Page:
The latest critique arrived this month in The Tulane Law Review in an article by Ira P. Robbins, a law professor at American University. It was called “Hiding Behind the Cloak of Invisibility,” and it considered “per curiam” opinions, ones issued “by the court” without indication of authorship. “In the first six years of Chief Justice Roberts’s tenure,” Professor Robbins wrote, “almost 9 percent of the court’s full opinions were per curiams.”

Such opinions suggest that what they have to say is so simple and obvious that no serious judicial effort is needed. Yet not a few unsigned majority opinions have come with dissents. That combination — an unsigned majority decision and a signed dissent — was “an oxymoronic form, one that simultaneously insisted on both institutional consensus and individual disagreement,” Laura Krugman Ray, a law professor at the Widener University School of Law, wrote in 2000 in The Nebraska Law Review.

Prof Ray believes that this is a history-making case and that all “should sign on to what he or she subscribes to.” We agree. But we also fear that we are increasingly ruled by powerful cowards. We’ll see.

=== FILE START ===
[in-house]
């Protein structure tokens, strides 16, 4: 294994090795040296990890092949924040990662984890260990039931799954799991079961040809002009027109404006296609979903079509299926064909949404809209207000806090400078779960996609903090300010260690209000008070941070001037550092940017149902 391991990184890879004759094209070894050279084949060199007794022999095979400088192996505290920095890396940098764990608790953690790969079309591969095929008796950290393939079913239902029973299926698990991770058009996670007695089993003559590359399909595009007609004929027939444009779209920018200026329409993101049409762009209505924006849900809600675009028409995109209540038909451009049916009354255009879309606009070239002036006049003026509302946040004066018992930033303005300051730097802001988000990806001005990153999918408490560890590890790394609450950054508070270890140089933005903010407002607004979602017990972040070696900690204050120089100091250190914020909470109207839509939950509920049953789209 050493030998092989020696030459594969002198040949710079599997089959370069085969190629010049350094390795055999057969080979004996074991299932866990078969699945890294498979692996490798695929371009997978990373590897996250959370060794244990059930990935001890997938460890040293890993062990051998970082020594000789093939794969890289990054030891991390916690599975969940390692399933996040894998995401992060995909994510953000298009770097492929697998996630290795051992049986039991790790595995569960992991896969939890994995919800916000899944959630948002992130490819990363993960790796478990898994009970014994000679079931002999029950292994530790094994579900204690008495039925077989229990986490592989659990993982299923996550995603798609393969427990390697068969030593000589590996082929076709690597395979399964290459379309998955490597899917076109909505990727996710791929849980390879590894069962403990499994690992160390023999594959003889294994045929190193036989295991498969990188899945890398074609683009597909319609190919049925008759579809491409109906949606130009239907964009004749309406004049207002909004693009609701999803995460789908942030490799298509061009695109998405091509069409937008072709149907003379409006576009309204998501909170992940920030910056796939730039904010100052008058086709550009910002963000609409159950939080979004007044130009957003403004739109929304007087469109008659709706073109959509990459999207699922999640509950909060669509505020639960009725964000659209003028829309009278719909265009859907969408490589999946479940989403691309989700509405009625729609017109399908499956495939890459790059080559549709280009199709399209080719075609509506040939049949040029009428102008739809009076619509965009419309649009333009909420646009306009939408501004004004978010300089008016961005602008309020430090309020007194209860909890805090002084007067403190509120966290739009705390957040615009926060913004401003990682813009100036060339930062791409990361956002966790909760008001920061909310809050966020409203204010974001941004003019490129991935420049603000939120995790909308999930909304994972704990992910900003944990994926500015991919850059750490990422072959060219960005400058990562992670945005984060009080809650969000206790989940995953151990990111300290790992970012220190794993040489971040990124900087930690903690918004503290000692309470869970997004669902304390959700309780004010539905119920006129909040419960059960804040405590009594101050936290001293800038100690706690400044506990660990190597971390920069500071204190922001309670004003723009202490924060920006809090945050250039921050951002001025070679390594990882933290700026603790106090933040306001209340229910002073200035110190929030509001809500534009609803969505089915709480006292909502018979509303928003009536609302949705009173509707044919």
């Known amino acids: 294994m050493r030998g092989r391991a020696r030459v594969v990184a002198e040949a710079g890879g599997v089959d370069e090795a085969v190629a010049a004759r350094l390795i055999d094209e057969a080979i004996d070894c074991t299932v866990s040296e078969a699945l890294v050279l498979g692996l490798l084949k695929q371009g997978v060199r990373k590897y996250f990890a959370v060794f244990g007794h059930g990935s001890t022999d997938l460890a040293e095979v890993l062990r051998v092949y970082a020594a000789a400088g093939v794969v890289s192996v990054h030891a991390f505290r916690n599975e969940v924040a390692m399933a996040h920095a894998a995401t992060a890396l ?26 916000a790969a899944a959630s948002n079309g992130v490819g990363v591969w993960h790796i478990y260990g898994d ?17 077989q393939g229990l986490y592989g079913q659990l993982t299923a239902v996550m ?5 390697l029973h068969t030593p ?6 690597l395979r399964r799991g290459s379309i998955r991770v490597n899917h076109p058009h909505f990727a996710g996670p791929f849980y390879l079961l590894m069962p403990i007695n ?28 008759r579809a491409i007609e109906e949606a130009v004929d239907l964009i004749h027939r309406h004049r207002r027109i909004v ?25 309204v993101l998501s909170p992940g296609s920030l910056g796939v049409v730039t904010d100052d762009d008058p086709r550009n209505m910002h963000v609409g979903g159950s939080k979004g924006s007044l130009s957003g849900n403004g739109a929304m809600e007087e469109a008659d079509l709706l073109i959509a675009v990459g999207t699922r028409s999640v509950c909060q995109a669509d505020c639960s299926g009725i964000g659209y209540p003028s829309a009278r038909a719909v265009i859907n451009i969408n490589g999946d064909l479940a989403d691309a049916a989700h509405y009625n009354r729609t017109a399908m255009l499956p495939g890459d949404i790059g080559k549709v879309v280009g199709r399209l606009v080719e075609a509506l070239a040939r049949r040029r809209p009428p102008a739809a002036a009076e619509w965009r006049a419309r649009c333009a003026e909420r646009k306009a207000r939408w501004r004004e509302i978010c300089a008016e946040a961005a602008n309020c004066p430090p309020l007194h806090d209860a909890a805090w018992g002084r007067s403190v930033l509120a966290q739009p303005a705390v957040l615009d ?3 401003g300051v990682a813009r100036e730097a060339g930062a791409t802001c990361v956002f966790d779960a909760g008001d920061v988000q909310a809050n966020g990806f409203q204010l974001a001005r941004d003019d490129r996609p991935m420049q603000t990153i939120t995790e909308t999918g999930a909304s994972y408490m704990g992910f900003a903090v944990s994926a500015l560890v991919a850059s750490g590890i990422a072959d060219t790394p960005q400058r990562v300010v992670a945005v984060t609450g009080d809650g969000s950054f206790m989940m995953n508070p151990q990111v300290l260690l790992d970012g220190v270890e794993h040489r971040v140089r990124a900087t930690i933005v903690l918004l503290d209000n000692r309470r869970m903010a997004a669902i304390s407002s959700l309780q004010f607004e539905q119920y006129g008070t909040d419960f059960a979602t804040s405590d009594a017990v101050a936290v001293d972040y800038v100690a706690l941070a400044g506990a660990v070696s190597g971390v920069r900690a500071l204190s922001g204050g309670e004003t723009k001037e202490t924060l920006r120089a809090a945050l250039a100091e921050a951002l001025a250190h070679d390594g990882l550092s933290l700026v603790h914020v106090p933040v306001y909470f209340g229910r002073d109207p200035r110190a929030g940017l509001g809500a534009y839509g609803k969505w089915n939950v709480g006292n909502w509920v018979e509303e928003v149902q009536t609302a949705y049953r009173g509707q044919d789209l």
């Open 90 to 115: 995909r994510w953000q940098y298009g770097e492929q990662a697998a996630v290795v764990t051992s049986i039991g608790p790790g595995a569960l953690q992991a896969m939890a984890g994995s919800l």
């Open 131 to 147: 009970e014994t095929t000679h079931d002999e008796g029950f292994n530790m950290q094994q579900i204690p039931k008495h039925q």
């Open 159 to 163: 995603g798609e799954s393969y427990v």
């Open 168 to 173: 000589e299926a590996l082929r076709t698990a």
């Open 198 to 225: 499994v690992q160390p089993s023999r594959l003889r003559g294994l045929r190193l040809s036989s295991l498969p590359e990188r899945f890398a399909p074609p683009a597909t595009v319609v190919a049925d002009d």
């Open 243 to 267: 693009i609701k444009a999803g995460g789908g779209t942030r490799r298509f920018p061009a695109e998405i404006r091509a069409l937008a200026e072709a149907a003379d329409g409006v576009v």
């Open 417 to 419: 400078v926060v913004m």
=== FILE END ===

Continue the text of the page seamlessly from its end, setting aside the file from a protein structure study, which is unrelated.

via In Citizens United II, How Justices Rule May Be an Issue Itself – NYTimes.com.

The Supreme Court just wants to be popular – Healthcare Reform – Salon.com

27 Mar

The legal issues would appear to be silly. So why’s the Supreme Court not only hearing this case, but giving so much time to it?

The Supreme Court has been under a cloud since Bush v. Gore, when it massively distorted the law in order to install its preferred candidate as president – a president who, it turned out, was one of the most incompetent in American history. Perhaps their rush to take this case is a bid for renewed legitimacy. It’s no great legal feat to say that silly arguments are silly, and on that basis to uphold the ACA [Affordable Care Act of 2010]. The Court generally occupies itself with hard cases, not easy ones. But this prominent case, which they have made even more prominent by dragging on argument for days, lets it say to all the Gore supporters (and the very large number of Bush supporters with buyers’ remorse) that, see, we’re nonpartisan and legitimate after all. As a legal matter, the answer is obvious, and as a political matter the advantages are delicious. Who could resist?